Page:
Why haven’t we seen that from the Van Dijk camp? Likewise, why haven’t we seen Liverpool linked with several similar defenders since?
The representatives of the player have evidently received enough positive signals to sense that there will be a shift in the grounding. It isn’t lost on them, or Southampton, that this is likely to be the last window in which such an extravagant fee can be placed on the Dutchman’s head.
Likewise, the Reds know that buying an alternative makeshift defender now, for a vastly inflated fee, is quite literally a waste of everyone’s time. The fit has to be spot on.
Look at Arsenal and their £35million salvation Shkodran Mustafui, signed only a summer ago yet benched at Anfield and believed to be up for sale.
Liverpool and Klopp cannot afford to be in that situation, time-wise more than anything else. The club would simply take five steps backwards.
Nor is the lack of defensive signing due to unavailability. Take a look back through the window; Michael Keane, Antonio Rudiger, Davinson Sanchez, Victor Lindelof – centre backs have been available and centre backs have been bought.
But Klopp’s decided on his man. It was Van Dijk or bust for some time, hence the club’s relentless early pursuit of the player which landed them in hot water to begin with.
So what does all this mean, are we actually getting anywhere at all?
The quiet from the club and the hush from the Van Dijk camp suggests Southampton will move late this week, during crunch time. The signals are already there with the signing of the defender’s international colleague Wesley Hoedt – albeit Southampton immediately denying the move as a replacement.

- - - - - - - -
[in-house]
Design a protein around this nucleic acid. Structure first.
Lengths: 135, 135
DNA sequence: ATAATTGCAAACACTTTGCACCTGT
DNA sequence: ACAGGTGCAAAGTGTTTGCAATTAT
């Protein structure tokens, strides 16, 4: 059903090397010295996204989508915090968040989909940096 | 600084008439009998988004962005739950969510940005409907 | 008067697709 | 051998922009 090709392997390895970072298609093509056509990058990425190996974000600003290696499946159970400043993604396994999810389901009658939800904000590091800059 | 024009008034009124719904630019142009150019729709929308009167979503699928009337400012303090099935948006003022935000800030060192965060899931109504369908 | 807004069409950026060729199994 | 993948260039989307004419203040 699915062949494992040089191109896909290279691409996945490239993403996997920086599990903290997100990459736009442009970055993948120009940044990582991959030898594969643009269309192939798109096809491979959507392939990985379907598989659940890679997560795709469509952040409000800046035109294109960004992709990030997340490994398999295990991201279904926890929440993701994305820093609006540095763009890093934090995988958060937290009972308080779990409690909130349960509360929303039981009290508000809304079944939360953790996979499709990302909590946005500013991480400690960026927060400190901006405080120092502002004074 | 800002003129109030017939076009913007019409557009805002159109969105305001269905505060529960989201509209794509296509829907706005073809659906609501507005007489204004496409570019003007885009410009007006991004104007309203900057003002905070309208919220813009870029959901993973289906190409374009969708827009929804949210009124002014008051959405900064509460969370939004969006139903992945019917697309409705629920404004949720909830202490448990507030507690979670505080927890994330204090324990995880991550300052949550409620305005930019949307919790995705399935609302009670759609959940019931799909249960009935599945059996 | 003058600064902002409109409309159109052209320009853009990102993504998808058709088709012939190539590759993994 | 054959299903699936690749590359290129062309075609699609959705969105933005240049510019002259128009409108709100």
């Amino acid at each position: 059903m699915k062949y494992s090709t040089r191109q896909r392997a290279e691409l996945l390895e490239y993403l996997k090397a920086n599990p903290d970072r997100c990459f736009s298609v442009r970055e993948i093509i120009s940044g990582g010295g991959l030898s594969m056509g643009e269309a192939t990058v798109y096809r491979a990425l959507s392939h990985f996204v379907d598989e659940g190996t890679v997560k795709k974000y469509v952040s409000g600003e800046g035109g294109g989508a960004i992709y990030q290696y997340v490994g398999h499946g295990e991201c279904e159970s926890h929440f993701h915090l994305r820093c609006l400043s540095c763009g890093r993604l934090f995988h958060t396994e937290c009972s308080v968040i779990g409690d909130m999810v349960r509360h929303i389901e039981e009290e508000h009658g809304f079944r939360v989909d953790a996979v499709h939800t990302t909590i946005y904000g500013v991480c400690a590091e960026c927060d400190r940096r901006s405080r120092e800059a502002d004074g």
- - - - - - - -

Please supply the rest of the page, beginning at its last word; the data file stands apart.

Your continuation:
Listening to offers for the big centre-half who Klopp so dearly wants in his plans will mean Southampton have complied with the player’s wishes – meaning blame will then only be laid at Liverpool’s door if the move doesn’t go through.
The benefits to Southampton are huge; listen to offers very late and demand the biggest premium possible, giving potential bidders little to no time to negotiate.
Outcome 1 – Saints pocket £70 million for a defender who missed half of last season injured and is adamant he won’t play in their colours again.
Outcome 2 – A move for the player is unable to be finalised within the brief flash of time allocated, meaning Mauricio Pellegrino’s side basically complied with the player’s wishes in the end, but other teams couldn’t move quickly enough. A nice spot of blame passing. Subsequently, they retain a world class defender who, despite desperately wanting to leave, has the difficult prospect of freezing himself out in a World Cup year.
Which way will it go? Time – very quickly – will tell.
Think things have been ‘quiet’ so far? Expect a firework finish, and strap yourselves in.